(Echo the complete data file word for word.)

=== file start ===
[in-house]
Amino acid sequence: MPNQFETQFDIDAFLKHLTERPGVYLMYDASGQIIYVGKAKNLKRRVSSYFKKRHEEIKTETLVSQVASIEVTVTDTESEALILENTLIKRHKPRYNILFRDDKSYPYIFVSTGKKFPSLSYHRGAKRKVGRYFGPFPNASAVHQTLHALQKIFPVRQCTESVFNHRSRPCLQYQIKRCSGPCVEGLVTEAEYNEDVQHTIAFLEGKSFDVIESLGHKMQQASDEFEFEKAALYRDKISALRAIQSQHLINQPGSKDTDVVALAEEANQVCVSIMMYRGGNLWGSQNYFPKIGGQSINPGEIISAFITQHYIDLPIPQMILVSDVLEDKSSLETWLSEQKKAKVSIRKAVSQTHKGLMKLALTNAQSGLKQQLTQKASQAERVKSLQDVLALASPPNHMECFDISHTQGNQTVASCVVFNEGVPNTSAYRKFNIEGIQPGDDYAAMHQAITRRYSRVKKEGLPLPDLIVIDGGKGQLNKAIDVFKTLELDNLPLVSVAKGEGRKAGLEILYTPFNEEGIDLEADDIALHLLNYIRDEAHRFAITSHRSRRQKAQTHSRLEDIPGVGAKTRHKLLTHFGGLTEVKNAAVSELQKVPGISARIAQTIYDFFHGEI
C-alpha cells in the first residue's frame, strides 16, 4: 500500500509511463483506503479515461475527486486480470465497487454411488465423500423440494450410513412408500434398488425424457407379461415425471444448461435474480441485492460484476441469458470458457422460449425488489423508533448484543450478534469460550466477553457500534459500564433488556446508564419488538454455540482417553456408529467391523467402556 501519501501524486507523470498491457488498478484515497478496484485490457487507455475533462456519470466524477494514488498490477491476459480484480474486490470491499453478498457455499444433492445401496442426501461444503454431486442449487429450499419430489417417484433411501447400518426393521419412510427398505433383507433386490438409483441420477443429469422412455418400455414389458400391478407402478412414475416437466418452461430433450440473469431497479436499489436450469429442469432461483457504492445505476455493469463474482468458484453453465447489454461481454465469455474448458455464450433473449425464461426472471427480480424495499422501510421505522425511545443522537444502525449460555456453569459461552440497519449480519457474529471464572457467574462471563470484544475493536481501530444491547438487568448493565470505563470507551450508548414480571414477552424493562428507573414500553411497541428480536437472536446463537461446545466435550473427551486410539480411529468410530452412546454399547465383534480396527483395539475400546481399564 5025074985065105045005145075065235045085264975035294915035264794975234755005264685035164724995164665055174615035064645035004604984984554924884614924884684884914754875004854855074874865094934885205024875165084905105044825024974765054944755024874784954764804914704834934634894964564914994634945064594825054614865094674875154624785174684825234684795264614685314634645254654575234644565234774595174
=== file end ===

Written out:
[in-house]
Amino acid sequence: MPNQFETQFDIDAFLKHLTERPGVYLMYDASGQIIYVGKAKNLKRRVSSYFKKRHEEIKTETLVSQVASIEVTVTDTESEALILENTLIKRHKPRYNILFRDDKSYPYIFVSTGKKFPSLSYHRGAKRKVGRYFGPFPNASAVHQTLHALQKIFPVRQCTESVFNHRSRPCLQYQIKRCSGPCVEGLVTEAEYNEDVQHTIAFLEGKSFDVIESLGHKMQQASDEFEFEKAALYRDKISALRAIQSQHLINQPGSKDTDVVALAEEANQVCVSIMMYRGGNLWGSQNYFPKIGGQSINPGEIISAFITQHYIDLPIPQMILVSDVLEDKSSLETWLSEQKKAKVSIRKAVSQTHKGLMKLALTNAQSGLKQQLTQKASQAERVKSLQDVLALASPPNHMECFDISHTQGNQTVASCVVFNEGVPNTSAYRKFNIEGIQPGDDYAAMHQAITRRYSRVKKEGLPLPDLIVIDGGKGQLNKAIDVFKTLELDNLPLVSVAKGEGRKAGLEILYTPFNEEGIDLEADDIALHLLNYIRDEAHRFAITSHRSRRQKAQTHSRLEDIPGVGAKTRHKLLTHFGGLTEVKNAAVSELQKVPGISARIAQTIYDFFHGEI
C-alpha cells in the first residue's frame, strides 16, 4: 500500500509511463483506503479515461475527486486480470465497487454411488465423500423440494450410513412408500434398488425424457407379461415425471444448461435474480441485492460484476441469458470458457422460449425488489423508533448484543450478534469460550466477553457500534459500564433488556446508564419488538454455540482417553456408529467391523467402556 501519501501524486507523470498491457488498478484515497478496484485490457487507455475533462456519470466524477494514488498490477491476459480484480474486490470491499453478498457455499444433492445401496442426501461444503454431486442449487429450499419430489417417484433411501447400518426393521419412510427398505433383507433386490438409483441420477443429469422412455418400455414389458400391478407402478412414475416437466418452461430433450440473469431497479436499489436450469429442469432461483457504492445505476455493469463474482468458484453453465447489454461481454465469455474448458455464450433473449425464461426472471427480480424495499422501510421505522425511545443522537444502525449460555456453569459461552440497519449480519457474529471464572457467574462471563470484544475493536481501530444491547438487568448493565470505563470507551450508548414480571414477552424493562428507573414500553411497541428480536437472536446463537461446545466435550473427551486410539480411529468410530452412546454399547465383534480396527483395539475400546481399564 5025074985065105045005145075065235045085264975035294915035264794975234755005264685035164724995164665055174615035064645035004604984984554924884614924884684884914754875004854855074874865094934885205024875165084905105044825024974765054944755024874784954764804914704834934634894964564914994634945064594825054614865094674875154624785174684825234684795264614685314634645254654575234644565234774595174